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Attendance allowance: everything you need to know

Updated 21 April 2022

5min read

Kate Morgan
Staff Writer

Attendance allowance is available to anyone over the state pension age, requiring care or supervision as a result of illness or injury.

attendance allowance explained

If you’re over the age of eligibility for receiving your state pension, and you need regular care or support, attendance allowance could help you maintain your independence with a little extra money every week.

Perhaps it’s a family member or a friend who could benefit from this support; read on to find out more about the eligibility criteria for this tax-free benefit.

In this article we will cover:

  1. What is attendance allowance?
  2. Attendance allowance eligibility
  3. How much is attendance allowance?
  4. How to apply for attendance allowance  
  5. How to fill in the attendance allowance claim form
  6. What percentage of attendance allowance claims are rejected?
  7. What other benefits can I claim with attendance allowance?
  8. How long does attendance allowance last?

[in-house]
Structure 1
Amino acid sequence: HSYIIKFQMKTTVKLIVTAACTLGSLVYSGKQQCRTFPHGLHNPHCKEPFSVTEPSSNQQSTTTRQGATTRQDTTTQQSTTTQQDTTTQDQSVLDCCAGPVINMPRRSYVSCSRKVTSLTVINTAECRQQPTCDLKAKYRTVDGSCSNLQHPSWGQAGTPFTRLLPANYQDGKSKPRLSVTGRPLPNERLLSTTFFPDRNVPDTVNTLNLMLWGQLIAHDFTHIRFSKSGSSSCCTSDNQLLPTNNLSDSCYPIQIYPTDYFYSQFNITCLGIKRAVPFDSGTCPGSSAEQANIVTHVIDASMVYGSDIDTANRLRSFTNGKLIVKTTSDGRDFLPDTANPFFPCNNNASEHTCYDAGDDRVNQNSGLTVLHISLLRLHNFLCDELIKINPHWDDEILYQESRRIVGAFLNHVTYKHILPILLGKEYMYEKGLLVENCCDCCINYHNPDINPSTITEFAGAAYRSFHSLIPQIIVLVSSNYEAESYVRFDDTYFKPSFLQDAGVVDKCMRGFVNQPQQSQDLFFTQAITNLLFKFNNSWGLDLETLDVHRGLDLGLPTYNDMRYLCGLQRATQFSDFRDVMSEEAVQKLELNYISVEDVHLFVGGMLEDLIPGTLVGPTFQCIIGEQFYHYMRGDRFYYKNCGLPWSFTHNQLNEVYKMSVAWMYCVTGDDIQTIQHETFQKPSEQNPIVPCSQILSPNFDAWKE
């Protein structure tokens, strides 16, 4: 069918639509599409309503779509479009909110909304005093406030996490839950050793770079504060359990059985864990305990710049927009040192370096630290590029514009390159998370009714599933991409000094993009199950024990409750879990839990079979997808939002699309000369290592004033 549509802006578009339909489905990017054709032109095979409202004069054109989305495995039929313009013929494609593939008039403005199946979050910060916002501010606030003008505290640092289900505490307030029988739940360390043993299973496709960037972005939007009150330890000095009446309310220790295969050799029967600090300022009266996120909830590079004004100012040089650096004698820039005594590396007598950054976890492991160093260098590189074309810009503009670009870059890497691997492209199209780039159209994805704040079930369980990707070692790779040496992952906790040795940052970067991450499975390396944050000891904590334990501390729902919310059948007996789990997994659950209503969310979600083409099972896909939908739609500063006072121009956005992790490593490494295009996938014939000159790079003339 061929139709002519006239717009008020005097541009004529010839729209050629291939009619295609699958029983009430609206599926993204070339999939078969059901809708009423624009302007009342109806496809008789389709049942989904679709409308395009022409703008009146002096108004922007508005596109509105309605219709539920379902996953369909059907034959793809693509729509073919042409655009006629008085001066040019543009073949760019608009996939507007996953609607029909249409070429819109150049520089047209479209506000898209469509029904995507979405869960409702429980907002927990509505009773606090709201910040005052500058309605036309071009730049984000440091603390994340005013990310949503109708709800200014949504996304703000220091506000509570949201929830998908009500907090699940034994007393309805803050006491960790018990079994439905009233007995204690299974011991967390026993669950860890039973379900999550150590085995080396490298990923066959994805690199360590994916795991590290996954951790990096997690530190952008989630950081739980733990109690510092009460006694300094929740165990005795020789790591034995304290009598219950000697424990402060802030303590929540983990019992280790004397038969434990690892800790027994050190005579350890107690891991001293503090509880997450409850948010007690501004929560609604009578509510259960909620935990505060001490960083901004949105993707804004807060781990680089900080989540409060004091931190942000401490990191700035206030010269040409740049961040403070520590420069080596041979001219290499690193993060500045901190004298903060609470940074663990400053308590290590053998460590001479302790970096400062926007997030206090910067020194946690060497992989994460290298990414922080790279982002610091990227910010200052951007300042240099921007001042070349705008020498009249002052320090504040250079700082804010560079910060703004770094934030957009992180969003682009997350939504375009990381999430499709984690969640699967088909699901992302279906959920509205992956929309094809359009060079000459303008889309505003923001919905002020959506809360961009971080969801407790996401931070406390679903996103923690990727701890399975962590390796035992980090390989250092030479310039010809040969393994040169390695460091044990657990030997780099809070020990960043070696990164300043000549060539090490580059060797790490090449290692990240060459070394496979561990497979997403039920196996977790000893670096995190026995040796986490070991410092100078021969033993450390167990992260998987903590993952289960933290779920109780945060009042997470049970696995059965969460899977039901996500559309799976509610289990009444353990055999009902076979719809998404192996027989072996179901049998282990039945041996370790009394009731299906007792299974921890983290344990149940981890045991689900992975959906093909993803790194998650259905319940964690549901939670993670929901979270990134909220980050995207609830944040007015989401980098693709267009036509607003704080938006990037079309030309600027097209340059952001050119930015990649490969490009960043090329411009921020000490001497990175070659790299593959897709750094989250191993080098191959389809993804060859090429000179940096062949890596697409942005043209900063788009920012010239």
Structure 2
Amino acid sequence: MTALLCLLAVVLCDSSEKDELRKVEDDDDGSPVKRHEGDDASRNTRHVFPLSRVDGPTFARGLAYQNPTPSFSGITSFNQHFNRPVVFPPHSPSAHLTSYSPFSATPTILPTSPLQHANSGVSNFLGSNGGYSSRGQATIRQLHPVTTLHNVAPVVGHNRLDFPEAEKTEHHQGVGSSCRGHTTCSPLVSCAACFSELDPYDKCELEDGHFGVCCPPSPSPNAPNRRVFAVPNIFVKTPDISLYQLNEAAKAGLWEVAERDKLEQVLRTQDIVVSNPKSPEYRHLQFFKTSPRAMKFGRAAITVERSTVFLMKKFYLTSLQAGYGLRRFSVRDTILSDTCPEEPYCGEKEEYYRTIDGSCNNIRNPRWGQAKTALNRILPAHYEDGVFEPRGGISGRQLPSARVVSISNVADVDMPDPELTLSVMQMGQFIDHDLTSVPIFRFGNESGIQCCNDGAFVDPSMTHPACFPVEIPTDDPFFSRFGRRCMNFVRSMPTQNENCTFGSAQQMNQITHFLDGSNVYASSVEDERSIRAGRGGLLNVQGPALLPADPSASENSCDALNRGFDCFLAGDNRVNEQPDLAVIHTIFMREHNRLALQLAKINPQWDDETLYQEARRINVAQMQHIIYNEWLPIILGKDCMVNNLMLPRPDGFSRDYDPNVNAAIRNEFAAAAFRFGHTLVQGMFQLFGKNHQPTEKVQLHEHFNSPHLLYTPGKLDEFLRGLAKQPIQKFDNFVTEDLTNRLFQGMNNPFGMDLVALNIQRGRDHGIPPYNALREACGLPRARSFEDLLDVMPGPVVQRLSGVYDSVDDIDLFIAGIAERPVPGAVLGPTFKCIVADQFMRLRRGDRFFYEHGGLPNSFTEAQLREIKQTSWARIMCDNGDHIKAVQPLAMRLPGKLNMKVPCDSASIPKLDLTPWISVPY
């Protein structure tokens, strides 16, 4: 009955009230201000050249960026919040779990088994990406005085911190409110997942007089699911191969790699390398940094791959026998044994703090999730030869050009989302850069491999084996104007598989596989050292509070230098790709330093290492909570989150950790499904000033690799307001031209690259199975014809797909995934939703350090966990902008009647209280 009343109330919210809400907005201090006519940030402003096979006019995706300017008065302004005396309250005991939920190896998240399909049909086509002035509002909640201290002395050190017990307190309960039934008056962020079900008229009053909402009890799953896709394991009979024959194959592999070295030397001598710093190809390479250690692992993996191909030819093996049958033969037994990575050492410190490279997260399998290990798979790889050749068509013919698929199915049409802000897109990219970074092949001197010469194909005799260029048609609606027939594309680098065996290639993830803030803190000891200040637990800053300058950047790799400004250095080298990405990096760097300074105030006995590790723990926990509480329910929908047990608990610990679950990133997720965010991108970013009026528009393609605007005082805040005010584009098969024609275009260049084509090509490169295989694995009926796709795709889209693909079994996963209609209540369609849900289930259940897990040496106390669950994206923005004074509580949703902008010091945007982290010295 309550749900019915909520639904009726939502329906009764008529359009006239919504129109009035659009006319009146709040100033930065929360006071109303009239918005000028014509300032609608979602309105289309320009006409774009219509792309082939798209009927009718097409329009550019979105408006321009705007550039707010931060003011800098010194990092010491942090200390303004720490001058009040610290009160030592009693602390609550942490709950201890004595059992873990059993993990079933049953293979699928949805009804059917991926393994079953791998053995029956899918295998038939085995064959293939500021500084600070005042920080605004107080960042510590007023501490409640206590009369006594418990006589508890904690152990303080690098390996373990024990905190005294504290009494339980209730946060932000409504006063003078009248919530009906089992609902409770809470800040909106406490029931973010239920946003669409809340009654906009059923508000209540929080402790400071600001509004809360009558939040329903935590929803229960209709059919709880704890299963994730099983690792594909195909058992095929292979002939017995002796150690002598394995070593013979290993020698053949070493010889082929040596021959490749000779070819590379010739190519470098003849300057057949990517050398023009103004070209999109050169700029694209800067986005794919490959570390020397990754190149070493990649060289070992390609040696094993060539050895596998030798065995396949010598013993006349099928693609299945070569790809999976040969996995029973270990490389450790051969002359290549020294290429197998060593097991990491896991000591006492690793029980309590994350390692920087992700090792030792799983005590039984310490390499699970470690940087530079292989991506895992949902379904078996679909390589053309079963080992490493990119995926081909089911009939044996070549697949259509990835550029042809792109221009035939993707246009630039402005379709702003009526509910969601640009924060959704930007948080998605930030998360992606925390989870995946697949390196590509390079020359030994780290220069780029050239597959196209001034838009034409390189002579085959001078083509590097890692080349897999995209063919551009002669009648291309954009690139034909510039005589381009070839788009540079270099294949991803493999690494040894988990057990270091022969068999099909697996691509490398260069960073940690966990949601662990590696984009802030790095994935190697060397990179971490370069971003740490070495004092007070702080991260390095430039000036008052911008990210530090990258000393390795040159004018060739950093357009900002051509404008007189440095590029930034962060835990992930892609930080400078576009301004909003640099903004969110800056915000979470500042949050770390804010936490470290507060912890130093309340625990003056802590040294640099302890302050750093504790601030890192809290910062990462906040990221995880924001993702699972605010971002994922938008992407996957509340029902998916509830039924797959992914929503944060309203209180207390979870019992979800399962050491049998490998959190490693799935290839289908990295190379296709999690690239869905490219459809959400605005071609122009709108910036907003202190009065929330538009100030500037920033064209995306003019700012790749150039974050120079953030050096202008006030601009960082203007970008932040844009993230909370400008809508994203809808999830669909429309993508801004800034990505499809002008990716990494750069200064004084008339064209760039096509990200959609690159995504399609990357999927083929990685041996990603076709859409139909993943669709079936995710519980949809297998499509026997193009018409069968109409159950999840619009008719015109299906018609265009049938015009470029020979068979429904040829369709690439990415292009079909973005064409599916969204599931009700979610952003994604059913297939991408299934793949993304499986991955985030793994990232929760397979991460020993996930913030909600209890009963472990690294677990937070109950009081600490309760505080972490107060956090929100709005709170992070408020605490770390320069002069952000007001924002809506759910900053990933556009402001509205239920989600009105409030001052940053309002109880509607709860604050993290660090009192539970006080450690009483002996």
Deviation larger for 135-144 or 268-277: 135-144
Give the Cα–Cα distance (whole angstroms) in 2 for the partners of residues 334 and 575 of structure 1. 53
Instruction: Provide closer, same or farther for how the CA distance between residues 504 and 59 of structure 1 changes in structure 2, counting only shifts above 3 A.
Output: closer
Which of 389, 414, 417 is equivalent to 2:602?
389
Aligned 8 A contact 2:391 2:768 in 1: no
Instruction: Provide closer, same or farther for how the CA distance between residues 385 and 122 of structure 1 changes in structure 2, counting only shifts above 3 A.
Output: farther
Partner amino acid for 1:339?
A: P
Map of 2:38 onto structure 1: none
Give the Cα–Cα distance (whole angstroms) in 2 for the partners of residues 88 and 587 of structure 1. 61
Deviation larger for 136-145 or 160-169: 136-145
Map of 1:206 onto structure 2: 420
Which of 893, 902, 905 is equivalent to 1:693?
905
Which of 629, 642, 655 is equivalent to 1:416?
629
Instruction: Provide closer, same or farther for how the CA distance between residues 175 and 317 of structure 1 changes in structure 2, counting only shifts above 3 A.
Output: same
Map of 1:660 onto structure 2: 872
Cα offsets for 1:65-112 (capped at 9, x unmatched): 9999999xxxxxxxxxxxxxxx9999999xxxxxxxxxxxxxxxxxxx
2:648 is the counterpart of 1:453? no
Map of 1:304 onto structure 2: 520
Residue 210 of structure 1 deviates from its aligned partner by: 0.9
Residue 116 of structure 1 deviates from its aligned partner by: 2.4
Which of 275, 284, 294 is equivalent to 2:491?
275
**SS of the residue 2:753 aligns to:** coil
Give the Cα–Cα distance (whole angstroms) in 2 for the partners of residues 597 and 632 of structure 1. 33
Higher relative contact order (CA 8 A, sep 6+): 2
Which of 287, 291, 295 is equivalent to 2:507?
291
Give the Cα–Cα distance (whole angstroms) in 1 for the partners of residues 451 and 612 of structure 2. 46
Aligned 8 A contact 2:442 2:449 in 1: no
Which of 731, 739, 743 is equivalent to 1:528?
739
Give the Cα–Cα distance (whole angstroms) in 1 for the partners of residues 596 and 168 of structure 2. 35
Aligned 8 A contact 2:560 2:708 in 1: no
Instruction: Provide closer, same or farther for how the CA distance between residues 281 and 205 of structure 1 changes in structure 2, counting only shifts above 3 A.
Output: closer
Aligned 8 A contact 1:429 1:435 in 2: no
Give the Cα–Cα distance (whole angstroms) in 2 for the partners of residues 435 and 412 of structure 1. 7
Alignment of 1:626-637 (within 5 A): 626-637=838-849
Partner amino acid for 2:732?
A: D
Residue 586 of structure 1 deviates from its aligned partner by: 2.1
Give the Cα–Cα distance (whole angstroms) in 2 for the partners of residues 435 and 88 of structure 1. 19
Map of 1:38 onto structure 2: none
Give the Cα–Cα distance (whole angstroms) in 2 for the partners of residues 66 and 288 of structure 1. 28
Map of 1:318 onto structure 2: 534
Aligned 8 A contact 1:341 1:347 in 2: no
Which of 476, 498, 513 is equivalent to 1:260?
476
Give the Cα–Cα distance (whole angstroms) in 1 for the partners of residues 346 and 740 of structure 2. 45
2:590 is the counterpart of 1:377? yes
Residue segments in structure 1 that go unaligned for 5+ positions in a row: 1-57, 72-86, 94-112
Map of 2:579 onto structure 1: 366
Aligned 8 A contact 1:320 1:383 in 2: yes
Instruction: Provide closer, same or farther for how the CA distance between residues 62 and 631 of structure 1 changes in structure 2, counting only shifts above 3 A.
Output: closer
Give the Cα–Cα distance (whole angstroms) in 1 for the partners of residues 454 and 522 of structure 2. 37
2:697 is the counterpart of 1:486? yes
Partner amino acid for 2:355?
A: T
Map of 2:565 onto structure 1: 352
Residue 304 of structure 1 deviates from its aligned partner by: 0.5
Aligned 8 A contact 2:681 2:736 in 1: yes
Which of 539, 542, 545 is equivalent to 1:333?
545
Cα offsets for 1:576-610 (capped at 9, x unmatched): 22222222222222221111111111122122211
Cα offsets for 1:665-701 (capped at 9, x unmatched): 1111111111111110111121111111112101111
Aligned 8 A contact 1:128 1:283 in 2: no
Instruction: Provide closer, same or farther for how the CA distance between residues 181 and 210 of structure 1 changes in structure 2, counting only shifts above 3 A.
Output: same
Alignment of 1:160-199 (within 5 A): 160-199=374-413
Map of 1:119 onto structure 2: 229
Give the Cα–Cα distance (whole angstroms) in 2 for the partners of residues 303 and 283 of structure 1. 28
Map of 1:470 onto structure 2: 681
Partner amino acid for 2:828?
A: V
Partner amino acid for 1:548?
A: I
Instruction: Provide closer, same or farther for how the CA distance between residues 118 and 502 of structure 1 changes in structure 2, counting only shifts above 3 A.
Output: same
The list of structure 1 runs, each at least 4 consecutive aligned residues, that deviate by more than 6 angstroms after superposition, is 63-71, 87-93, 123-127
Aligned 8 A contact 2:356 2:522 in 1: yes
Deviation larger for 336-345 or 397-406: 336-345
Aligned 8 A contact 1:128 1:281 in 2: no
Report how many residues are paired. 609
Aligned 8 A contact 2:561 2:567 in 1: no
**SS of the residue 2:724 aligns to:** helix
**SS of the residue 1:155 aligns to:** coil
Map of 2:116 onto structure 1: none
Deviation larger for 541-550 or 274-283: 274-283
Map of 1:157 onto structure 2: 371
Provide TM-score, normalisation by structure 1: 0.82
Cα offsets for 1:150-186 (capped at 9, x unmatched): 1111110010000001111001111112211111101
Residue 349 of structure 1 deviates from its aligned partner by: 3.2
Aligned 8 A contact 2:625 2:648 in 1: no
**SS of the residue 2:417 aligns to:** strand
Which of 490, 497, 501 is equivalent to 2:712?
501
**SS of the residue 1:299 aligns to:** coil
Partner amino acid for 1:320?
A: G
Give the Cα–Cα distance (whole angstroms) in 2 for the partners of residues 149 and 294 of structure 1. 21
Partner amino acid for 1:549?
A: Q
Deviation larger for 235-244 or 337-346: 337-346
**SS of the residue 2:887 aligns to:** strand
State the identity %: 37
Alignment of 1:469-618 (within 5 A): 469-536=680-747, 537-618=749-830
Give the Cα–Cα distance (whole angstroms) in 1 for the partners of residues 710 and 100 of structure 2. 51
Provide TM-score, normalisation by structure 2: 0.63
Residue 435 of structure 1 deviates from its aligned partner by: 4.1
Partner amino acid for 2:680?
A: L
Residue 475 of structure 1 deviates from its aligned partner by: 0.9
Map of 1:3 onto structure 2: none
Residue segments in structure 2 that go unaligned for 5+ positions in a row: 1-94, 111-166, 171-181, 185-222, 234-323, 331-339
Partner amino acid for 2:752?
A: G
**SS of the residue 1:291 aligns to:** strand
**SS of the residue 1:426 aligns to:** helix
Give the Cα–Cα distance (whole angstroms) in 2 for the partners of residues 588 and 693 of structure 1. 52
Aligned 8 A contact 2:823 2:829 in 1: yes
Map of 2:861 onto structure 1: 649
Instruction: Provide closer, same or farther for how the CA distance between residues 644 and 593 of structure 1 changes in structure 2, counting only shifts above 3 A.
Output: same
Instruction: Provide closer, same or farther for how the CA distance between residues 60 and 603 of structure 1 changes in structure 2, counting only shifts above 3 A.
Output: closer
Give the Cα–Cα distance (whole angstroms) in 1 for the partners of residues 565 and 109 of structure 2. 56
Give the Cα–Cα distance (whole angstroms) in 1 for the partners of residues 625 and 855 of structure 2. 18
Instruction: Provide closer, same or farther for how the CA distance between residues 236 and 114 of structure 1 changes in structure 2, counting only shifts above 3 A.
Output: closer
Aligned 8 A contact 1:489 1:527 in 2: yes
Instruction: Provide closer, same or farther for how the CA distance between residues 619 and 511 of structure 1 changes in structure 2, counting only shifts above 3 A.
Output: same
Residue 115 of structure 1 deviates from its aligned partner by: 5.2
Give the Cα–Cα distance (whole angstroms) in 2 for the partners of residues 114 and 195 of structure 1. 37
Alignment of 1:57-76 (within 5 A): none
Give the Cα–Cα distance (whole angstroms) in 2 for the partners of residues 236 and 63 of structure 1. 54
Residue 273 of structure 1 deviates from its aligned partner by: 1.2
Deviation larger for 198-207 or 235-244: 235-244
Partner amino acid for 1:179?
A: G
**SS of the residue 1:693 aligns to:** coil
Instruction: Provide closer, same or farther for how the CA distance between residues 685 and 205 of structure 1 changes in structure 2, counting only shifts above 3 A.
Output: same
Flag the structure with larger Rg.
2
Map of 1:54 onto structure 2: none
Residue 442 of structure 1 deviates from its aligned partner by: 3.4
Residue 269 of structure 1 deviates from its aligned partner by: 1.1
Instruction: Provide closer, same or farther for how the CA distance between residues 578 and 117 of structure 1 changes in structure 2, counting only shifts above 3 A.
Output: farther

What is attendance allowance? 

Attendance allowance is a payment or benefit for older people, over the state pension age. Any UK resident who is over the age of eligibility and suffering from a serious illness or injury and requiring care or supervision can apply. 

It’s one of a number of benefits available to older people, such as Personal Independence Payments and Winter Fuel Payments. These are paid by the government to help some of the most vulnerable members of society improve their finances and quality of life.

Attendance allowance eligibility 

The attendance allowance eligibility criteria include being over the age of state retirement. This currently depends on the year that you were born but is around age 66. You can check your state pension age using the calculator on GOV.UK

It’s important to know what medical conditions qualify for attendance allowance. If someone has a physical or mental condition that prevents them from looking after themselves and they require care provision, then they may be eligible. This includes serious injuries, sensory disabilities such as deafness and mental health issues like dementia. 

To qualify for attendance allowance, the recipient must have needed the level of care and supervision to meet their needs for at least six months prior to making a claim.

This six-month period can be before you reach the age of state pension eligibility and there are also separate rules for those suffering from terminal illness, who may be able to arrange payments in as little as eight days.